It appears that a newly discovered space object is an old rocket from a failed landing mission 54 years ago on the surface of the moon, which has finally begun to return home, according to the leading asteroid expert at NASA.
“I’m very surprised by this,” Paul Chodas told the Associated Press. Chodas speculates that the asteroid 2020 SO, as it is officially known, is actually the overhead stage of the Centaur missile, which successfully propelled NASA’s Surveyor 2 lander to the moon in 1966.
The lander ended up colliding with the moon after one of its batches failed to ignite on the way there. Meanwhile, the rocket passed the moon and orbited the sun, never to be seen again – until now.
Last month, a telescope in Hawaii discovered the mysterious object while conducting research aimed at protecting our planet from doomsday rocks. The object was immediately added to the tally of asteroids and comets found in our solar system, of the International Astronomical Union.
What caught Chodas’ attention is that its near-circular orbit around the sun is very similar to Earth’s – which is unusual for an asteroid.
The object is also at ground level itself, not tilted up or down, said Chodas, director of the Center for Near-Earth Object Studies at NASA’s Jet Propulsion Laboratory in Southern California. Usually, asteroids move at strange angles. Finally, it is approaching Earth at 1,500 miles per hour (2,400 km per hour), slowly by the standards of asteroids.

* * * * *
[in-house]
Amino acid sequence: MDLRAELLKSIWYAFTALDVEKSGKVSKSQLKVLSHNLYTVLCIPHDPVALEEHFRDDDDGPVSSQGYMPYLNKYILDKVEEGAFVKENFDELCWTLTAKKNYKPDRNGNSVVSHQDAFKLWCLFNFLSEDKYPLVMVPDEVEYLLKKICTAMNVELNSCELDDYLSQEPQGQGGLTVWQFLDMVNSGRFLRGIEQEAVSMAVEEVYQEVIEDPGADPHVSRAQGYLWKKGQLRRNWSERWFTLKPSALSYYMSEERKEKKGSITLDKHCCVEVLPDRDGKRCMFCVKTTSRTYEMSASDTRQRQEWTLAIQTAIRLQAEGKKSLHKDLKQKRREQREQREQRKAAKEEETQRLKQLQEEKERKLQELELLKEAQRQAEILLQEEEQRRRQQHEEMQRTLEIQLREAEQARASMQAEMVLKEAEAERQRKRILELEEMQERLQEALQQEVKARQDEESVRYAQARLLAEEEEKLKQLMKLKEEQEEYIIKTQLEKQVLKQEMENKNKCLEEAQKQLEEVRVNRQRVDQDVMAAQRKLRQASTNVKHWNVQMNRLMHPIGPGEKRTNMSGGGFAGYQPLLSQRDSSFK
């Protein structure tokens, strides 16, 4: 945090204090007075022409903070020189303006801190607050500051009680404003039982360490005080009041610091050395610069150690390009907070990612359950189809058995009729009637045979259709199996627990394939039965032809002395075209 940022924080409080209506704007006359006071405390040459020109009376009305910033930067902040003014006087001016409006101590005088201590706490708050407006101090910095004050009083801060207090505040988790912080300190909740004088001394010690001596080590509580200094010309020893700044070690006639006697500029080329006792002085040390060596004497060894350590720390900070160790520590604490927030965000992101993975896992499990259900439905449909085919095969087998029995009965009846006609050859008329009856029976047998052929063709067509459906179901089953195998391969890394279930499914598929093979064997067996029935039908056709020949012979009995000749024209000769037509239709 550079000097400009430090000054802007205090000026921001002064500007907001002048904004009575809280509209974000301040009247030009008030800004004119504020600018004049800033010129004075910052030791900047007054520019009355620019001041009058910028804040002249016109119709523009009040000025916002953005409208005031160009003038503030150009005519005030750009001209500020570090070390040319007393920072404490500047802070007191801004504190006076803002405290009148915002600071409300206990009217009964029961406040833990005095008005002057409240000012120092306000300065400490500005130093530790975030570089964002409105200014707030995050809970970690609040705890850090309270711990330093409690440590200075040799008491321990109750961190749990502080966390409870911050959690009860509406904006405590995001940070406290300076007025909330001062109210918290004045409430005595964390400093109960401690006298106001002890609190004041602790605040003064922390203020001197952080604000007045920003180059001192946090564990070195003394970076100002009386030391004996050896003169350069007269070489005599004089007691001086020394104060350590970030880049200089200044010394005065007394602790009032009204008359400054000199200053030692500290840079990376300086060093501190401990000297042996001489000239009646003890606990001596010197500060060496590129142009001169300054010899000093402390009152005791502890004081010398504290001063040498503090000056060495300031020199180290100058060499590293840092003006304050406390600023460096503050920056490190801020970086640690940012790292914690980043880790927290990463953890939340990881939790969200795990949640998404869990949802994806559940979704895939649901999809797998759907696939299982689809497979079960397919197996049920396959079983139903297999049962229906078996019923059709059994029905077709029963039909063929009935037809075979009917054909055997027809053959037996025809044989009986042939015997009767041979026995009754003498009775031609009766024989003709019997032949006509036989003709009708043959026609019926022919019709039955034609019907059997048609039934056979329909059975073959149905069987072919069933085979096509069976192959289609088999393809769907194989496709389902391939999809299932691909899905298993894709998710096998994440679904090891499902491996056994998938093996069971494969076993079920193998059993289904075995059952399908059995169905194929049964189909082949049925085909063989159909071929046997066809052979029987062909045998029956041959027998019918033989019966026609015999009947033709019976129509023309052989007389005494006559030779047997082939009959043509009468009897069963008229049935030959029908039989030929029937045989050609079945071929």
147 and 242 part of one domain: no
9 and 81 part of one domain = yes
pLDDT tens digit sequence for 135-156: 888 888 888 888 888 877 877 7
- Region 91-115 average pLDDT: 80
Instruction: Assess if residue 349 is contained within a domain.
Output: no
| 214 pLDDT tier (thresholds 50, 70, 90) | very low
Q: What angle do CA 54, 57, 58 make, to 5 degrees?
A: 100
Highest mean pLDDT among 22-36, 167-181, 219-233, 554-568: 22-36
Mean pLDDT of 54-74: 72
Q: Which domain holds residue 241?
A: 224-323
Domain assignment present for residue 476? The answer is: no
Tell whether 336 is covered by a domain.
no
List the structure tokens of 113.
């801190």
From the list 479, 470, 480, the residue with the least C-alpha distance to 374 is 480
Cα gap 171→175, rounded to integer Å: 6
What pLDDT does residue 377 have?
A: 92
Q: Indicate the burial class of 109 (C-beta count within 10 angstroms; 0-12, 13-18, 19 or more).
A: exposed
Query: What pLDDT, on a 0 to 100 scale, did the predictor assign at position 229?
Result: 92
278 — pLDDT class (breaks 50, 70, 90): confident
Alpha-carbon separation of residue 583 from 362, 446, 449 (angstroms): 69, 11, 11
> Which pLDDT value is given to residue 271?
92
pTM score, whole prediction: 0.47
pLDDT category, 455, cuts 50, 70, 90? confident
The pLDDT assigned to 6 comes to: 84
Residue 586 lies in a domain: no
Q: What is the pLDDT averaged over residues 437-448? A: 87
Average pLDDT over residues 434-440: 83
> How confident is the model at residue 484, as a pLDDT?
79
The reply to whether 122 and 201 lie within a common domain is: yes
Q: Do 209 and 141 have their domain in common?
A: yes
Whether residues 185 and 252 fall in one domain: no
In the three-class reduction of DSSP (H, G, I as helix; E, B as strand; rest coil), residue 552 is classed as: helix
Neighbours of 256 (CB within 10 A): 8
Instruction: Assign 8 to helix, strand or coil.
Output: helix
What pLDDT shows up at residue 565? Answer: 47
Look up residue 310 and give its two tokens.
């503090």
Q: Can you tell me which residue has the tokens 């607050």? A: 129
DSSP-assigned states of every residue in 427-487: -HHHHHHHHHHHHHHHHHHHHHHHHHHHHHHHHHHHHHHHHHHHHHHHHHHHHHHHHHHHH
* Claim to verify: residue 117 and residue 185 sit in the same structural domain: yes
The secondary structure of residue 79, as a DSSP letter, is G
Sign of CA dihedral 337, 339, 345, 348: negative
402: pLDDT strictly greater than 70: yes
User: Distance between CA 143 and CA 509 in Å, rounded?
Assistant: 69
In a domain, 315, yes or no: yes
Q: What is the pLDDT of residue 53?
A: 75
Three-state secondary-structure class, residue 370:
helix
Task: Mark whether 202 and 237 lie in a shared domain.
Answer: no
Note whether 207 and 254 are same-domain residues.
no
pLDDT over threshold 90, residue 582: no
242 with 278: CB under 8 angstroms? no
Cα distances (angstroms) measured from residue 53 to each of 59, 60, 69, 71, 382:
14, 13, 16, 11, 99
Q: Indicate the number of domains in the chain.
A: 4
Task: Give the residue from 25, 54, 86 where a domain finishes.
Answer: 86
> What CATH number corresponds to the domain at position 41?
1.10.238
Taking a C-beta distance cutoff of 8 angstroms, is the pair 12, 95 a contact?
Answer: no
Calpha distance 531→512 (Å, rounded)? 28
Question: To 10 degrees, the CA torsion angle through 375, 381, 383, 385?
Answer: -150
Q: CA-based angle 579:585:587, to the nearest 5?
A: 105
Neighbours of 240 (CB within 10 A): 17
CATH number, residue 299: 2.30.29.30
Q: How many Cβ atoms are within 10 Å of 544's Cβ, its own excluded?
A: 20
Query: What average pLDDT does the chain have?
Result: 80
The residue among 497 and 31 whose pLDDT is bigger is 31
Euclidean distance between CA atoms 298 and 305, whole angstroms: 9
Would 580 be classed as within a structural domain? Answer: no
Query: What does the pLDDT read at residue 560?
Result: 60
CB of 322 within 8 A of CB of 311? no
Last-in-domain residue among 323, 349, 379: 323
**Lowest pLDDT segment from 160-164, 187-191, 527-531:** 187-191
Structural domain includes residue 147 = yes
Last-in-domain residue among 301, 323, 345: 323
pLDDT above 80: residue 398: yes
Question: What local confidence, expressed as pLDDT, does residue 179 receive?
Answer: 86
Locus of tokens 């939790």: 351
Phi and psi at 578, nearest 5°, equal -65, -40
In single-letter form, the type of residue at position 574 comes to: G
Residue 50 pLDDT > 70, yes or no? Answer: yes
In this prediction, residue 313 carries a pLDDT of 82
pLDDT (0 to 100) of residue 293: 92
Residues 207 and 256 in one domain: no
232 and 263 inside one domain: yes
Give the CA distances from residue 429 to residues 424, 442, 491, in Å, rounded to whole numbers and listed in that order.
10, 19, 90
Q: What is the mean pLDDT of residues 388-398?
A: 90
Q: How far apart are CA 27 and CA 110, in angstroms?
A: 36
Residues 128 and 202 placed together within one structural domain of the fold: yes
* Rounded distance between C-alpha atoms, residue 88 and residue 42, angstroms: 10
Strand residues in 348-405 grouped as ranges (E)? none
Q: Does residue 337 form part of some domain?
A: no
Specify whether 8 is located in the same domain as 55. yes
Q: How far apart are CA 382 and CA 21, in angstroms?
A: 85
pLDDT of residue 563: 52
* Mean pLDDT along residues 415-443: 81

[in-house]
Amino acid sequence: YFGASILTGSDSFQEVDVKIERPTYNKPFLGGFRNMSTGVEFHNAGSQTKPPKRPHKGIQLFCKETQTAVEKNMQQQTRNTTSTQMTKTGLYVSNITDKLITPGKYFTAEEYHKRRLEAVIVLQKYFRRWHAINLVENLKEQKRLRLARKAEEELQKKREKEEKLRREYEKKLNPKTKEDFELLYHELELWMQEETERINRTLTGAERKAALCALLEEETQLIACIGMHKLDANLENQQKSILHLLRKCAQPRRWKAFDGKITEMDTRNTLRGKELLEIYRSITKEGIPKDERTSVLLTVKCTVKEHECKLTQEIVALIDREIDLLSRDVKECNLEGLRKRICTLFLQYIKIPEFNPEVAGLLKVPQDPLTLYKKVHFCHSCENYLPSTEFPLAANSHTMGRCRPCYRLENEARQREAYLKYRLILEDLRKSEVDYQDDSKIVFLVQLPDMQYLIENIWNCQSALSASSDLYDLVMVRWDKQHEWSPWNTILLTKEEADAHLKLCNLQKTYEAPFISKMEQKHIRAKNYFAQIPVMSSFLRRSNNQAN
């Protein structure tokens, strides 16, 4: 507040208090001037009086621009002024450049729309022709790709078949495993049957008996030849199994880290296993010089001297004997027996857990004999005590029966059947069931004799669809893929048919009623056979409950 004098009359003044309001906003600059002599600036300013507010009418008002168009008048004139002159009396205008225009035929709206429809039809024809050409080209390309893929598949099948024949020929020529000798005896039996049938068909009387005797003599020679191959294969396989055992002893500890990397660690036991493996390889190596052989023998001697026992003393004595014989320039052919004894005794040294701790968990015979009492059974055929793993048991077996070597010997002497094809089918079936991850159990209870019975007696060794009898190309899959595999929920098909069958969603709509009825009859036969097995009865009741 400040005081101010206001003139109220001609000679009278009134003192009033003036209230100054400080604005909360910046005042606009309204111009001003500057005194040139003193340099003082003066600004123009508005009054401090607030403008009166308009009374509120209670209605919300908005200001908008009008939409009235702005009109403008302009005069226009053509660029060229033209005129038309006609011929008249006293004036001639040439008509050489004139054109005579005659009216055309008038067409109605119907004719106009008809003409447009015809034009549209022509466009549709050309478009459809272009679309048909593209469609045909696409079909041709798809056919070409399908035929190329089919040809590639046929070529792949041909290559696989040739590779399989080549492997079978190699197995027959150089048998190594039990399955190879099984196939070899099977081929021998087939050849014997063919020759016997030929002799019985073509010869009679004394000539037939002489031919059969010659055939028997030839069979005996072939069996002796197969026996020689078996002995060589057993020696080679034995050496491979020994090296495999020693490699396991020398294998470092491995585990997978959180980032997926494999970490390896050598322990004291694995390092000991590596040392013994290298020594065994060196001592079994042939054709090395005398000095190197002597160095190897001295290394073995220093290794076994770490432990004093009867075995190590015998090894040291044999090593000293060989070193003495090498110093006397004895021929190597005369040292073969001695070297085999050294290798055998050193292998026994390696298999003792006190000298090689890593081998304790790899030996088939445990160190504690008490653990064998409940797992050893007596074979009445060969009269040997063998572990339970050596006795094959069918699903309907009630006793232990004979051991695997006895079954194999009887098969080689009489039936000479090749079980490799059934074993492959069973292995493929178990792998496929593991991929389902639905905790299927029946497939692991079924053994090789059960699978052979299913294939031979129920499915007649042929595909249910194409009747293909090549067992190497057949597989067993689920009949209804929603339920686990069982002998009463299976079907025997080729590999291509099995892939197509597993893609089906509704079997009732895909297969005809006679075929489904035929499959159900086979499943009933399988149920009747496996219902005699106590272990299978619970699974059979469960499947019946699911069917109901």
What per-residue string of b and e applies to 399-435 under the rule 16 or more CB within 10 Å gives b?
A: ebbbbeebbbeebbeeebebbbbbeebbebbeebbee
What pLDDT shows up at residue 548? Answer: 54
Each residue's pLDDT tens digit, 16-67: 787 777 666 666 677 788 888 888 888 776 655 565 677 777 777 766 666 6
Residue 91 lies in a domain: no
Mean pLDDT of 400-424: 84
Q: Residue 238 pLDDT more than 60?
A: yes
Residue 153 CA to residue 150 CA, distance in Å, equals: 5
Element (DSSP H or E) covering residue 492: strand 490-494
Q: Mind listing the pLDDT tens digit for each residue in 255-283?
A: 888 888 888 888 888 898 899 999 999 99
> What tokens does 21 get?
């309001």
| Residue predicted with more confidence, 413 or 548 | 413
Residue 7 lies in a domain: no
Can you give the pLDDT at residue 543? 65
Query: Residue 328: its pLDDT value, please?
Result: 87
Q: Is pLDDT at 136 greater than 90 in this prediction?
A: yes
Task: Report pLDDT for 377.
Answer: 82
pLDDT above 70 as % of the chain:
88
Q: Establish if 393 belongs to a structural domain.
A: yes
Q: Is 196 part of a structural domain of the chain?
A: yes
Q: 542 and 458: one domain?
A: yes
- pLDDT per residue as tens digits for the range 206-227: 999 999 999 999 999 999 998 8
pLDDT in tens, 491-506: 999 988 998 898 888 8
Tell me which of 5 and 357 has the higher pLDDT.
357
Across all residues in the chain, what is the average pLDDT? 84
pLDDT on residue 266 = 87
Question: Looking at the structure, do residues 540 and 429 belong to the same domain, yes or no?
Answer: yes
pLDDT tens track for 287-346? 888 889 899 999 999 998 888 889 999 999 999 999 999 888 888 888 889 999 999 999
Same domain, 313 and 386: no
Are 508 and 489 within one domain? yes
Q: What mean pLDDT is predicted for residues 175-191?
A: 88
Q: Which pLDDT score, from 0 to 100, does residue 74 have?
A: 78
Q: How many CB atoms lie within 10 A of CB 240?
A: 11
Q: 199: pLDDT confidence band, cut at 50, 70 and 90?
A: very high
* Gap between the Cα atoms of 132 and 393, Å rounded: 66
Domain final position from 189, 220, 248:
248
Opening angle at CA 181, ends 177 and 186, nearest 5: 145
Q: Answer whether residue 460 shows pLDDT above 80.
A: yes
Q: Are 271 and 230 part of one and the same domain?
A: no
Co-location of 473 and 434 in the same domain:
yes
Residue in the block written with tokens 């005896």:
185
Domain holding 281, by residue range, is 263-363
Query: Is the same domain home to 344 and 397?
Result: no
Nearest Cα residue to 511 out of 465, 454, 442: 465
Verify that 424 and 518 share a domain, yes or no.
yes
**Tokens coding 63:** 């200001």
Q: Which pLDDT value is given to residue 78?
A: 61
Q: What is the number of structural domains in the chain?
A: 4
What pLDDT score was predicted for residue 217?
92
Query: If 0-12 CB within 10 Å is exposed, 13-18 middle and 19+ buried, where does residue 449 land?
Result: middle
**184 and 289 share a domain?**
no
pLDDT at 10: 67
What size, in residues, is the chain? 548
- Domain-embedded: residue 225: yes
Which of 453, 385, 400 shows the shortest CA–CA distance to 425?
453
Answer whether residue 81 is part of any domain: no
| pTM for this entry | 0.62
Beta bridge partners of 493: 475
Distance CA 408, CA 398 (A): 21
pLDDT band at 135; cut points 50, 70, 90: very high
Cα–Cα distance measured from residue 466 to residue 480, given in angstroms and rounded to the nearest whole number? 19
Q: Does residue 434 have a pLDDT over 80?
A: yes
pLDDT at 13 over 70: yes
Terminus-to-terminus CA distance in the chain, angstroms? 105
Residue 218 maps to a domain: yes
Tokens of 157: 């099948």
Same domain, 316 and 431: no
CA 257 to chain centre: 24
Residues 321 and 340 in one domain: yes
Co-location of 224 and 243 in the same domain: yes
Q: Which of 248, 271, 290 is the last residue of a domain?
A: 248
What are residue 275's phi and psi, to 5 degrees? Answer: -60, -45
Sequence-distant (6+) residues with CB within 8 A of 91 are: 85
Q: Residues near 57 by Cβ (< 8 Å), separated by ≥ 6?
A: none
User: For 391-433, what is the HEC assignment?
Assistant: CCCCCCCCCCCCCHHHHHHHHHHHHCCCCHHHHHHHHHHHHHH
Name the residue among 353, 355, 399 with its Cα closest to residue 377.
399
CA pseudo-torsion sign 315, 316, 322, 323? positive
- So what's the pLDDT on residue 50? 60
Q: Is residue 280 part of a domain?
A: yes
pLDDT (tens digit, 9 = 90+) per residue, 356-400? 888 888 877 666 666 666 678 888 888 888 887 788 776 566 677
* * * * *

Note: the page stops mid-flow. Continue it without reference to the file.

As the object approaches, astronomers should be able to better plan its orbit, and determine how much it is being pushed by the radiation and thermal effects of sunlight.
This is how astronomers usually distinguish between asteroids and space junk, such as missing rocket fragments, both of which appear as moving points in the sky. There are likely dozens of fake asteroids, Chodas said, but their motions are very imprecise or mixed to confirm their artificial identity.
A mysterious object was identified in 1991, for example, by Chodas and others as an ordinary asteroid rather than a wreck, even though its orbit around the Sun is similar to the Earth’s orbit.
Even more exciting is that Chodas in 2002 found what is believed to be the third stage of Saturn V remaining from Apollo 12 in 1969, the second landing on the moon by NASA astronauts. He admits that the evidence was circumstantial, given the body’s year-long orbit around the Earth. It was not classified as an asteroid, and it left Earth’s orbit in 2003.
Asteroid hunter Cary Nugent of Olin College of Engineering in Needham, Massachusetts, said Chodas’ conclusion is “good” based on strong evidence. “Some additional data might be useful so we can find out for sure,” she said in an email. Asteroid hunters from all over the world will continue to watch this object to obtain this data.
And last year, British astronomer Nick Howes announced that an asteroid in its solar orbit was most likely the abandoned Apollo 10 Lunar Module, training on the Apollo 11 moon landing.
Source: New York Post